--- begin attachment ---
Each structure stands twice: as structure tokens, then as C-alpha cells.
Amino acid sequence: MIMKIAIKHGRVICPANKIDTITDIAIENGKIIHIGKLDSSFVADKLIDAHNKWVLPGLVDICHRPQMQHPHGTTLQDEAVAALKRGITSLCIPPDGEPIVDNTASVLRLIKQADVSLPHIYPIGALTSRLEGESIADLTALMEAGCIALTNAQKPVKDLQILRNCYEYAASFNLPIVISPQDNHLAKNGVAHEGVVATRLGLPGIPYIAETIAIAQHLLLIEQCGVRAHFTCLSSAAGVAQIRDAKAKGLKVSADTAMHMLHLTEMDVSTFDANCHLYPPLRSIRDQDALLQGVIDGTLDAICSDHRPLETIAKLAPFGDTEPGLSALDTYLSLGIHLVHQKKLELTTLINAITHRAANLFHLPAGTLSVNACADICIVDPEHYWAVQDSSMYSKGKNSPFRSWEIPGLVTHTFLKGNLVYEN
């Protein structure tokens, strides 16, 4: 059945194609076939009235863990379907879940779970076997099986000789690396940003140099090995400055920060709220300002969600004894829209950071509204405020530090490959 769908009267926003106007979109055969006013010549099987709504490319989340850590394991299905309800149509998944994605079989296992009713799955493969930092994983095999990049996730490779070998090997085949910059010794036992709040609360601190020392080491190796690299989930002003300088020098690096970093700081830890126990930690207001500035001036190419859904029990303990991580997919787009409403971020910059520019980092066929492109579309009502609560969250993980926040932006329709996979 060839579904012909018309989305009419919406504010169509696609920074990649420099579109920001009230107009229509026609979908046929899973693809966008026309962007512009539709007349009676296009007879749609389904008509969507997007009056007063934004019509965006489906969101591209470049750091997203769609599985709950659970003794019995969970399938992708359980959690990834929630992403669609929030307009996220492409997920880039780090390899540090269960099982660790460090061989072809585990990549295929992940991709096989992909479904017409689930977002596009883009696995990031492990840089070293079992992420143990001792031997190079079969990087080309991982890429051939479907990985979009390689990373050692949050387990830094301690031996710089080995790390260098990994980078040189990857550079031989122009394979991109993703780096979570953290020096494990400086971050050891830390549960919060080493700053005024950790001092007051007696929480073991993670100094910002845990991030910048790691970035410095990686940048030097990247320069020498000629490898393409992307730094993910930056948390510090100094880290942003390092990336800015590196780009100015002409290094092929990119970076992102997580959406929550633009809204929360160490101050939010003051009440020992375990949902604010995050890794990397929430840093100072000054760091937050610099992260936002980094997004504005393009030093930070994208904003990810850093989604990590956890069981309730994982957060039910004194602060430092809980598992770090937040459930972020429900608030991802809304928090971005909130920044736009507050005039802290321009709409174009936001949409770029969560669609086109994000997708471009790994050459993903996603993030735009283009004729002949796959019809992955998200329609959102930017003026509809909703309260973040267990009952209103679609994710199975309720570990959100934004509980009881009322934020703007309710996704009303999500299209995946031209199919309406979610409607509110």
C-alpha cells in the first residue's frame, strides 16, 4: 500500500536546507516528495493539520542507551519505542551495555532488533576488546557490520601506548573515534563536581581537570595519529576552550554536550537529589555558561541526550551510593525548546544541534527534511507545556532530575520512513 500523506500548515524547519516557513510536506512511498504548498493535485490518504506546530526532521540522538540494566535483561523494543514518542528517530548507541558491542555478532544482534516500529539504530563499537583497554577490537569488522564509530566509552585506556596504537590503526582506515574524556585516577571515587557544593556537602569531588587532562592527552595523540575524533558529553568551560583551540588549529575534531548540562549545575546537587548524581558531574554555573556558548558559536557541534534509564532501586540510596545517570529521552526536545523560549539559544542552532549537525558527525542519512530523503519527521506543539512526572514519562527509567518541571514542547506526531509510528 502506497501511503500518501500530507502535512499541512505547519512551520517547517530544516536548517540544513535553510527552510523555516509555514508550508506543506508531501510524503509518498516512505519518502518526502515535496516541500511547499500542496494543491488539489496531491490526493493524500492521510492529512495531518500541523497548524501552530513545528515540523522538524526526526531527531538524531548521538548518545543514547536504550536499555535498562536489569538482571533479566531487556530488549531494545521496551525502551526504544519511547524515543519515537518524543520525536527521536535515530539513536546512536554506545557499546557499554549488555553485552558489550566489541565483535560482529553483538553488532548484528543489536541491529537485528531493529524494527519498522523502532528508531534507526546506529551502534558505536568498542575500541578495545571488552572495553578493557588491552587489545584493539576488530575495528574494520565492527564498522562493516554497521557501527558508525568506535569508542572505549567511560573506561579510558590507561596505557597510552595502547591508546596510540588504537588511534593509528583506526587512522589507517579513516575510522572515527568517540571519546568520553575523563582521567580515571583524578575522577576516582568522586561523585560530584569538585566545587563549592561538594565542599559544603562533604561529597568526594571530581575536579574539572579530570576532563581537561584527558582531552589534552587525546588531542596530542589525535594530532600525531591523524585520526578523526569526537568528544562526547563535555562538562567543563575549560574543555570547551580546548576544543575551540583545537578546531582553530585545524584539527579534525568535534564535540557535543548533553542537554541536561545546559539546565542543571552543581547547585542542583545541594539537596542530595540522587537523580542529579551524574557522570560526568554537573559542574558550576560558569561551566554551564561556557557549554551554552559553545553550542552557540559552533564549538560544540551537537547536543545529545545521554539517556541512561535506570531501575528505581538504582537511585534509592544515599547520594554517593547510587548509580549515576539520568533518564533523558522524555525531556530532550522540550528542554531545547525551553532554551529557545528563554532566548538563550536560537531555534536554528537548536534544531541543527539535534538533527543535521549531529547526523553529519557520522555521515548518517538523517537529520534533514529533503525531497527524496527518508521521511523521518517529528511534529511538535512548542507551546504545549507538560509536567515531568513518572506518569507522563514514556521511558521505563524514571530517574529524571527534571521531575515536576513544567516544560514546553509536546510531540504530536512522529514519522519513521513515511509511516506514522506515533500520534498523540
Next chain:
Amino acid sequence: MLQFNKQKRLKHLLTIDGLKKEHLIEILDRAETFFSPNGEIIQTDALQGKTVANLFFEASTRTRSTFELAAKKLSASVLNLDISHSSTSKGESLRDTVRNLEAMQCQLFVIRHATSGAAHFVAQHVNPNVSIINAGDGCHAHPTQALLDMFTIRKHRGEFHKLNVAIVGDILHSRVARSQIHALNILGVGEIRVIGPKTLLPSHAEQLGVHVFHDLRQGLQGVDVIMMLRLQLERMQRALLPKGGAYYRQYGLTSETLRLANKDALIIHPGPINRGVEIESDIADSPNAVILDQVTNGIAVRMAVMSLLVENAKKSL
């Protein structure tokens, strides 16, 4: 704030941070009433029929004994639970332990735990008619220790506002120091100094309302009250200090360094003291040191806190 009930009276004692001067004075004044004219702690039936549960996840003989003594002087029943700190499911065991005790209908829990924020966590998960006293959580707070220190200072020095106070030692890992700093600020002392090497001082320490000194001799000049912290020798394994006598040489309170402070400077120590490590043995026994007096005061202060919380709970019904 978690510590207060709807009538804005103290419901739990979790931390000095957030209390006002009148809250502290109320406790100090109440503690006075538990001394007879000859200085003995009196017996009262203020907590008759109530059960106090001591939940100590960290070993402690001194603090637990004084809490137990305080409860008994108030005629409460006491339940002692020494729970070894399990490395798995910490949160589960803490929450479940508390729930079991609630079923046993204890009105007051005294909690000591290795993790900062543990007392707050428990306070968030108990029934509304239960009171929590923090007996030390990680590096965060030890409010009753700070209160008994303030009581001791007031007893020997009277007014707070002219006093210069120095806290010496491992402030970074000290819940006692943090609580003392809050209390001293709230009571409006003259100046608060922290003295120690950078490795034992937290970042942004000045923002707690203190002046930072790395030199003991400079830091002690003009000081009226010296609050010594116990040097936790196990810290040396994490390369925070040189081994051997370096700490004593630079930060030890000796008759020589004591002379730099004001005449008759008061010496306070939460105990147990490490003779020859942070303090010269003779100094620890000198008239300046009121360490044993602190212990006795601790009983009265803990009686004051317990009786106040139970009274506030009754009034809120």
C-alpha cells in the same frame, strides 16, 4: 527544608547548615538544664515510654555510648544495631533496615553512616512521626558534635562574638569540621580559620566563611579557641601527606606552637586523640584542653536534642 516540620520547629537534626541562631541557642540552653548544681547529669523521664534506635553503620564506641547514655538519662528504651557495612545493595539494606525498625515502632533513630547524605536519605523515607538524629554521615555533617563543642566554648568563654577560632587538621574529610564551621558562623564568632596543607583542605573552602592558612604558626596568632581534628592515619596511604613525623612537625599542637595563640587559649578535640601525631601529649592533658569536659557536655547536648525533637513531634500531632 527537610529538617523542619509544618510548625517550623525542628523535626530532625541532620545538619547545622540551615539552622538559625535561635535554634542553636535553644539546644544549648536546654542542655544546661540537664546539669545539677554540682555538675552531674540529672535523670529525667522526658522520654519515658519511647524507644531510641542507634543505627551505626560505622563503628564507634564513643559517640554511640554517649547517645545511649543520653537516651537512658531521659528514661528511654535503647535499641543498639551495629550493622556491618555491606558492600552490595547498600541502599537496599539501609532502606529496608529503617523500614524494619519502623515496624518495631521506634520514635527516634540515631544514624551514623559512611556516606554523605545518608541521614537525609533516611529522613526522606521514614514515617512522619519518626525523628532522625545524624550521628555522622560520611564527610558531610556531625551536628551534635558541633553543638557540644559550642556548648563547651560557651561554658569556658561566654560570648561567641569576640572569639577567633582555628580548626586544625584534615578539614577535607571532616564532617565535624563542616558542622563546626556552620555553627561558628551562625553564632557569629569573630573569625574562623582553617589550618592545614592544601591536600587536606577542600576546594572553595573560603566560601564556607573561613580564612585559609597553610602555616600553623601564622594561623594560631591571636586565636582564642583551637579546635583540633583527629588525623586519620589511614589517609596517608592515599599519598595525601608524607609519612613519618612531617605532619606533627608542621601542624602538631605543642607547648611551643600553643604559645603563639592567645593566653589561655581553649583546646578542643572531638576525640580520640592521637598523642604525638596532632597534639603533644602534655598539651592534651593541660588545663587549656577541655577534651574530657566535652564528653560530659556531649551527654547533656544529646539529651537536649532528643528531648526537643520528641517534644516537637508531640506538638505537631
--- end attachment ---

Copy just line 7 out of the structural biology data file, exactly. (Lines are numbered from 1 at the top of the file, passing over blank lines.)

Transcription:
């Protein structure tokens, strides 16, 4: 704030941070009433029929004994639970332990735990008619220790506002120091100094309302009250200090360094003291040191806190 009930009276004692001067004075004044004219702690039936549960996840003989003594002087029943700190499911065991005790209908829990924020966590998960006293959580707070220190200072020095106070030692890992700093600020002392090497001082320490000194001799000049912290020798394994006598040489309170402070400077120590490590043995026994007096005061202060919380709970019904 978690510590207060709807009538804005103290419901739990979790931390000095957030209390006002009148809250502290109320406790100090109440503690006075538990001394007879000859200085003995009196017996009262203020907590008759109530059960106090001591939940100590960290070993402690001194603090637990004084809490137990305080409860008994108030005629409460006491339940002692020494729970070894399990490395798995910490949160589960803490929450479940508390729930079991609630079923046993204890009105007051005294909690000591290795993790900062543990007392707050428990306070968030108990029934509304239960009171929590923090007996030390990680590096965060030890409010009753700070209160008994303030009581001791007031007893020997009277007014707070002219006093210069120095806290010496491992402030970074000290819940006692943090609580003392809050209390001293709230009571409006003259100046608060922290003295120690950078490795034992937290970042942004000045923002707690203190002046930072790395030199003991400079830091002690003009000081009226010296609050010594116990040097936790196990810290040396994490390369925070040189081994051997370096700490004593630079930060030890000796008759020589004591002379730099004001005449008759008061010496306070939460105990147990490490003779020859942070303090010269003779100094620890000198008239300046009121360490044993602190212990006795601790009983009265803990009686004051317990009786106040139970009274506030009754009034809120």